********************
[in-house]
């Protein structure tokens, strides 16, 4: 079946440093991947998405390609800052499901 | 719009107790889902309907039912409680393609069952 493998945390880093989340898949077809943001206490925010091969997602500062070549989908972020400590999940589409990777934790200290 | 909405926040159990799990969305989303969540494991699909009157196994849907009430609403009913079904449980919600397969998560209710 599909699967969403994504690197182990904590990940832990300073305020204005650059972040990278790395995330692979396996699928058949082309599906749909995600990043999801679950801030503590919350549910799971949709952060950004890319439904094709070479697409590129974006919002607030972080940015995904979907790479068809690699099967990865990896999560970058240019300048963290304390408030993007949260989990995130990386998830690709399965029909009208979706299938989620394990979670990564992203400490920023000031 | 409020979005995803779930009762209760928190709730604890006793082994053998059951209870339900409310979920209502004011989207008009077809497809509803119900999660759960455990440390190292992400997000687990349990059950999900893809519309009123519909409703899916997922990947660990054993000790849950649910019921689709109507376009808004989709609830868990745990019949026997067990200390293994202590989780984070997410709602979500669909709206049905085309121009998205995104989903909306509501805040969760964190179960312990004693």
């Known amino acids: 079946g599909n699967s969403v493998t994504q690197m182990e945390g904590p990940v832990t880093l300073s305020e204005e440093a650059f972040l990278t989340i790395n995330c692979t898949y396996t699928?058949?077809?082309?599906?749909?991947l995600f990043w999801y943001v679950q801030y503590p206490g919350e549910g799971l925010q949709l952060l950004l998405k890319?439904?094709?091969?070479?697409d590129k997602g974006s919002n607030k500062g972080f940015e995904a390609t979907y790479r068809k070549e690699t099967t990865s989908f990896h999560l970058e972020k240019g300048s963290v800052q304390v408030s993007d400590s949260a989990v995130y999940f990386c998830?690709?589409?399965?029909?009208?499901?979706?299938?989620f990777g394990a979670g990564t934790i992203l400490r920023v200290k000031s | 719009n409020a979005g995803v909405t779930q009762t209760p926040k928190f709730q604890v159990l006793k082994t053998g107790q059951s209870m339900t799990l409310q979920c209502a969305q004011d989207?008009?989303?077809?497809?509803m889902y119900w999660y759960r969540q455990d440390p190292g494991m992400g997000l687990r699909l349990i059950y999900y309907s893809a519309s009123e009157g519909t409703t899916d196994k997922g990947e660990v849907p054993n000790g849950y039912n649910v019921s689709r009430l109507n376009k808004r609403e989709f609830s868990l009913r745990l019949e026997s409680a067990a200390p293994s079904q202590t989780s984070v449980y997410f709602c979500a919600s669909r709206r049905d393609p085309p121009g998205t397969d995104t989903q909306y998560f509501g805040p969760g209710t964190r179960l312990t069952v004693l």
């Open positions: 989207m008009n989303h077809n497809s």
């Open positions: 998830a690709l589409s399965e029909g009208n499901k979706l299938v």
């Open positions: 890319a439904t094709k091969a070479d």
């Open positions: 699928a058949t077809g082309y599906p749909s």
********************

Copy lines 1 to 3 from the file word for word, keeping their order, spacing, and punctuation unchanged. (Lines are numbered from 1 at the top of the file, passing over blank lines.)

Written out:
[in-house]
């Protein structure tokens, strides 16, 4: 079946440093991947998405390609800052499901 | 719009107790889902309907039912409680393609069952 493998945390880093989340898949077809943001206490925010091969997602500062070549989908972020400590999940589409990777934790200290 | 909405926040159990799990969305989303969540494991699909009157196994849907009430609403009913079904449980919600397969998560209710 599909699967969403994504690197182990904590990940832990300073305020204005650059972040990278790395995330692979396996699928058949082309599906749909995600990043999801679950801030503590919350549910799971949709952060950004890319439904094709070479697409590129974006919002607030972080940015995904979907790479068809690699099967990865990896999560970058240019300048963290304390408030993007949260989990995130990386998830690709399965029909009208979706299938989620394990979670990564992203400490920023000031 | 409020979005995803779930009762209760928190709730604890006793082994053998059951209870339900409310979920209502004011989207008009077809497809509803119900999660759960455990440390190292992400997000687990349990059950999900893809519309009123519909409703899916997922990947660990054993000790849950649910019921689709109507376009808004989709609830868990745990019949026997067990200390293994202590989780984070997410709602979500669909709206049905085309121009998205995104989903909306509501805040969760964190179960312990004693």
């Known amino acids: 079946g599909n699967s969403v493998t994504q690197m182990e945390g904590p990940v832990t880093l300073s305020e204005e440093a650059f972040l990278t989340i790395n995330c692979t898949y396996t699928?058949?077809?082309?599906?749909?991947l995600f990043w999801y943001v679950q801030y503590p206490g919350e549910g799971l925010q949709l952060l950004l998405k890319?439904?094709?091969?070479?697409d590129k997602g974006s919002n607030k500062g972080f940015e995904a390609t979907y790479r068809k070549e690699t099967t990865s989908f990896h999560l970058e972020k240019g300048s963290v800052q304390v408030s993007d400590s949260a989990v995130y999940f990386c998830?690709?589409?399965?029909?009208?499901?979706?299938?989620f990777g394990a979670g990564t934790i992203l400490r920023v200290k000031s | 719009n409020a979005g995803v909405t779930q009762t209760p926040k928190f709730q604890v159990l006793k082994t053998g107790q059951s209870m339900t799990l409310q979920c209502a969305q004011d989207?008009?989303?077809?497809?509803m889902y119900w999660y759960r969540q455990d440390p190292g494991m992400g997000l687990r699909l349990i059950y999900y309907s893809a519309s009123e009157g519909t409703t899916d196994k997922g990947e660990v849907p054993n000790g849950y039912n649910v019921s689709r009430l109507n376009k808004r609403e989709f609830s868990l009913r745990l019949e026997s409680a067990a200390p293994s079904q202590t989780s984070v449980y997410f709602c979500a919600s669909r709206r049905d393609p085309p121009g998205t397969d995104t989903q909306y998560f509501g805040p969760g209710t964190r179960l312990t069952v004693l």